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Western Washington restaurants in Phase 1 regions fear losing customers to neighboring counties

While restaurants in Phase 2 counties prepare for limited indoor dining, restaurants in Phase 1 continue to struggle.

EDMONDS, Wash — The table is being set for many restaurants in western Washington to take an important step toward getting back to business as usual.

But not all restaurants in western Washington will be allowed to partially reopen their indoor dining rooms on Monday, despite physical proximity.

Seven counties in western Washington, including King, Pierce and Snohomish counties, are moving to Phase 2 of Gov. Jay Inslee's "Healthy Washington" reopening plan. This allows indoor dining at 25% capacity starting Feb. 1.

All other counties in the state remain in Phase 1, where restaurants are limited to takeout and outdoor seating.

"We will be able to bring back some employees and increase staff hours," says Jeff Barnett, owner of Salish Sea Brewpub in Edmonds, which is in Snohomish County.

When indoor dining was banned last year he turned his dining room into a merch shop.

Now that people are being allowed back inside, he'll be able to add five more tables, up to 30 customers at a time.

Barnett believes some of those customers will be coming from neighboring cities like Kingston in Kitsap County.

Kitsap is still stuck in Phase 1 and Edmonds is just a pleasant 30-minute ferry ride away in Snohomish County.

"I think people are stir crazy and ready to get out of their house," Barnett said. "We will end up with a bit of tourism involved with this."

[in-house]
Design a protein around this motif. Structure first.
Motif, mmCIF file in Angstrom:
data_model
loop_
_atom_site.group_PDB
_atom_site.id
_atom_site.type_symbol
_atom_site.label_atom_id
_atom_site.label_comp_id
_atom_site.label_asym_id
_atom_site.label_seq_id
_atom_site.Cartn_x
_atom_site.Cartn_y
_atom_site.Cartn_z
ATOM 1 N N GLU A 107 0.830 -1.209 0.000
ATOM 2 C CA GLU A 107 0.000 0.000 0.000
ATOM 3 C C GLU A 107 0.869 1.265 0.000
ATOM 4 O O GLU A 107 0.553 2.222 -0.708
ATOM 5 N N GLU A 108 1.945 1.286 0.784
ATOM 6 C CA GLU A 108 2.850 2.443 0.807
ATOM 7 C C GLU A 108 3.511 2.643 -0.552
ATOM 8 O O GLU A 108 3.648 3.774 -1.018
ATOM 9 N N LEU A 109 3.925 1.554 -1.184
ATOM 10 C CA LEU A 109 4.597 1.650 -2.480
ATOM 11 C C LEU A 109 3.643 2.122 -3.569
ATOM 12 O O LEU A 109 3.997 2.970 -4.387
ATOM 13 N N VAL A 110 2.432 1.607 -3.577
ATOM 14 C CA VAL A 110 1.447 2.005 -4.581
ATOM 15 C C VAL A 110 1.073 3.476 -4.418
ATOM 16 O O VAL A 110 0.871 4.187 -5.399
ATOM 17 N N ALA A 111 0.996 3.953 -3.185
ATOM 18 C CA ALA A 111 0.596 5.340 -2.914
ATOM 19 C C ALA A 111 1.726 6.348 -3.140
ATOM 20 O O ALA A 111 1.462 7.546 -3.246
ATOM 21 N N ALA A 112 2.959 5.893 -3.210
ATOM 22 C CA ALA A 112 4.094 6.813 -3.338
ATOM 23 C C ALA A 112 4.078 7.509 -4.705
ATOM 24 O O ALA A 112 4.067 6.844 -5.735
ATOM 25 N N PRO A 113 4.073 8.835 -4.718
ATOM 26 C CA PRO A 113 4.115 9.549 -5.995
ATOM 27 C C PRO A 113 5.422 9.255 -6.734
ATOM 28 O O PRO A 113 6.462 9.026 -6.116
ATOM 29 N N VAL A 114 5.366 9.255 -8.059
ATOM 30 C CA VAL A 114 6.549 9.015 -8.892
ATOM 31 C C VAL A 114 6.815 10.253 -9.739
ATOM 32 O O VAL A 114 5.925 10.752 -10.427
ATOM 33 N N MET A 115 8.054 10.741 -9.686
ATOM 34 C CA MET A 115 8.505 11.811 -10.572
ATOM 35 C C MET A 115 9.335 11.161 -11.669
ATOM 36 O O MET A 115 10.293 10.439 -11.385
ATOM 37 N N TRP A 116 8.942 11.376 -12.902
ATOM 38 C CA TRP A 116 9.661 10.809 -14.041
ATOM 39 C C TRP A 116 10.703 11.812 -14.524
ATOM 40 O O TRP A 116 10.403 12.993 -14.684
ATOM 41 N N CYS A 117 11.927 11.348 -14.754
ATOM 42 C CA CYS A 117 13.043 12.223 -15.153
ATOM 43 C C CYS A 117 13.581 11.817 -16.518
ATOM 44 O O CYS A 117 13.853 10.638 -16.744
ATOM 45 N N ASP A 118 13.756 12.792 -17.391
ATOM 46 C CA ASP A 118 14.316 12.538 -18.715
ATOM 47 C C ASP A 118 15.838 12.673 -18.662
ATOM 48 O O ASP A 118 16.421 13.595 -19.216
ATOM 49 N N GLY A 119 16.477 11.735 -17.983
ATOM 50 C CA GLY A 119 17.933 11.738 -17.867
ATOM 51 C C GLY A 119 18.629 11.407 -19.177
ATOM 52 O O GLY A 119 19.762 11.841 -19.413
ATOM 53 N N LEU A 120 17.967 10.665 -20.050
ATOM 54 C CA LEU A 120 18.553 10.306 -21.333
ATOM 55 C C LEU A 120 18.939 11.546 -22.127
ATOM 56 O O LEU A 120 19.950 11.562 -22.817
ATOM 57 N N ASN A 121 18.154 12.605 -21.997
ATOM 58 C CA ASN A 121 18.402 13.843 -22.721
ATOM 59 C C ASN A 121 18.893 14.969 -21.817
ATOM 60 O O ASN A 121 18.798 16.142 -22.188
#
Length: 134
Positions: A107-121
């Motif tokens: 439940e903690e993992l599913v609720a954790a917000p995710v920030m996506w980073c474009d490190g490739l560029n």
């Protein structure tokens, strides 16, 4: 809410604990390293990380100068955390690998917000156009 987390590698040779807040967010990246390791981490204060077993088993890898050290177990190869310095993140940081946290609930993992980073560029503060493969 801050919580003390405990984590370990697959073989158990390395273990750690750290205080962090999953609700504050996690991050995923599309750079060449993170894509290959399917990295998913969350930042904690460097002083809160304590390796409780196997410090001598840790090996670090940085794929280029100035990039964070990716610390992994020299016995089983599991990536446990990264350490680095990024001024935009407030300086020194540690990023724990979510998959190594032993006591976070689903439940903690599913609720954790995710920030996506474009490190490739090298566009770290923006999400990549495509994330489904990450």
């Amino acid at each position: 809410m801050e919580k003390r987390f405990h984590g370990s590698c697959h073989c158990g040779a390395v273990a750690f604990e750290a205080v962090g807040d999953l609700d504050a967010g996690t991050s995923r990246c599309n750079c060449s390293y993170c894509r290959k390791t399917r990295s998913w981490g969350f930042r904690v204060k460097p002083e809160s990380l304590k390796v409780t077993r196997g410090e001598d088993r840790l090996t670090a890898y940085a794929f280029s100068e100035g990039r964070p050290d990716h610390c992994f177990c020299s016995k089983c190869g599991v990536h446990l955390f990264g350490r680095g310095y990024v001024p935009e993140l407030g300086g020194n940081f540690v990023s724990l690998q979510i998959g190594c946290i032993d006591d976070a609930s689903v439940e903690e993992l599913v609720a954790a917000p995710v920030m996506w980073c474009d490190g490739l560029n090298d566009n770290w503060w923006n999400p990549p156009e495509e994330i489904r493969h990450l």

Just in time for the Feb. 1 loosening of restrictions, the Edmonds Downtown Alliance is rolling out a Valentine's Day campaign to welcome people to their town.

"I think it's gonna be great," said alliance board member Jen Lawson, who also owns Crow Boutique in Edmonds. "With the ferry right here it's certainly part of the allure to come to Edmonds. We've got a bunch of new shops downtown. It's one-stop shopping."

But on the other side of the Sound, people will still be eating outside in tents.

The Kingston Alehouse is struggling to survive.

"Every day we stay restricted is one day closer to closing forever," said alehouse owner Tony Clark.

Clark questions the governor's plan. He says it's obvious to everyone that people will simply cross county lines for an indoor meal.

 "I don't hold anything against the people of Edmonds, but what about me? This is outrageous," Clark said.

As he waits for Kitsap County and the rest of his region to move into Phase 2, Clark simply hopes his customers will come back.

"I would just say if you go over to Edmonds, have a good time. Please be safe, but think about us when you come back tomorrow and maybe come see us."

Back in Edmonds there are concerns of a different sort. COVID-19 is still claiming victims.

At least one popular Edmonds eatery had to temporarily close this week after a coronavirus exposure.

Jeff Barnett believes welcoming tourists back inside will be a risky experiment.

"Of course we're worried. We're worried all the time, but we do expect that people will be good about this. We've had a year to have learned how to self-monitor, how to take care of ourselves and how to respect each other. At least, we should have learned by now."

Health officials, meantime, are discouraging people from crossing county lines for an indoor meal.

They say the goal is still to limit nonessential travel and contain coronavirus.

They will be checking on how well things are going every two weeks.

If the number of cases starts going back up the regions will roll back to Phase 1.

RELATED: Puget Sound and West regions advance to Phase 2 of Washington's reopening plan on Monday